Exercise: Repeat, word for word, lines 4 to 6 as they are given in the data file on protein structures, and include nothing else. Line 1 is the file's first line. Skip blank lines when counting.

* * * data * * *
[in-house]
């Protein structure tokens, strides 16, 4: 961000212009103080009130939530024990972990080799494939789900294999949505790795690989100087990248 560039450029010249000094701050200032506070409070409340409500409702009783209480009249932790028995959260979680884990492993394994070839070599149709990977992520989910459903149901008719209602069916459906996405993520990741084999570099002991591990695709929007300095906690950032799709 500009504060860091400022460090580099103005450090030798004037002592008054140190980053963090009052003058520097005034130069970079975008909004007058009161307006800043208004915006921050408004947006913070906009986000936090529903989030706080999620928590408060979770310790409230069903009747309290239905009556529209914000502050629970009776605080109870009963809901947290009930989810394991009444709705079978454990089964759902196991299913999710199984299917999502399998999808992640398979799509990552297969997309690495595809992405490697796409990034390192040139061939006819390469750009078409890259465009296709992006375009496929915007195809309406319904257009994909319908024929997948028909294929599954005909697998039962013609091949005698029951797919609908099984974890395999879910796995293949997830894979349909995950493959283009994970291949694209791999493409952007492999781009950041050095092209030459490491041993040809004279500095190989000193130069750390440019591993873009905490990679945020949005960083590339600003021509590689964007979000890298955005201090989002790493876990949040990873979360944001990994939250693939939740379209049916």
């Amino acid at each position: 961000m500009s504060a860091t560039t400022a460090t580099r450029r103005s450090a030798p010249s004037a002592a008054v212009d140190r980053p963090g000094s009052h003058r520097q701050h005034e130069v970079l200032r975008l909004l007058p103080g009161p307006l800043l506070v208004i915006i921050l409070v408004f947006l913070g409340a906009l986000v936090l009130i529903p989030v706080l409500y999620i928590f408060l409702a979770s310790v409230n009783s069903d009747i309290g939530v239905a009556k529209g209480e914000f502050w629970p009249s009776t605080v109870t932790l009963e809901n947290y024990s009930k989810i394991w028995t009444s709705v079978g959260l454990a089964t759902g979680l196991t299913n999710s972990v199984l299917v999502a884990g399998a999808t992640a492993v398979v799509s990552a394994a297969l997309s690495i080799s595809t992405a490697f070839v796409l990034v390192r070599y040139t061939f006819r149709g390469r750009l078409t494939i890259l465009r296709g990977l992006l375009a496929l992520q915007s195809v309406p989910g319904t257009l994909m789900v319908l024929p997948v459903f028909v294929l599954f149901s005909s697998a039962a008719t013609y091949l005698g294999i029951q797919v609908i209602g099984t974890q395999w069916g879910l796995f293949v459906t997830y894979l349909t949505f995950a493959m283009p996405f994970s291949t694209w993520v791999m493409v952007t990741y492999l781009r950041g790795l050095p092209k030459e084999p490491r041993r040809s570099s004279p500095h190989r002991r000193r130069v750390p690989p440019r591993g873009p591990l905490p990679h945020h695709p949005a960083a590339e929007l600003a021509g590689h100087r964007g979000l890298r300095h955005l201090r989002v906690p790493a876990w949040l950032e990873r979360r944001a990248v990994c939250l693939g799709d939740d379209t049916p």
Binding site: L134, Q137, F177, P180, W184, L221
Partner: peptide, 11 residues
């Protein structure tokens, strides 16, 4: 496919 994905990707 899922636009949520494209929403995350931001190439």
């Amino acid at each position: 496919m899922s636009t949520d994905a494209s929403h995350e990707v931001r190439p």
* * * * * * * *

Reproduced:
Binding site: L134, Q137, F177, P180, W184, L221
Partner: peptide, 11 residues
């Protein structure tokens, strides 16, 4: 496919 994905990707 899922636009949520494209929403995350931001190439």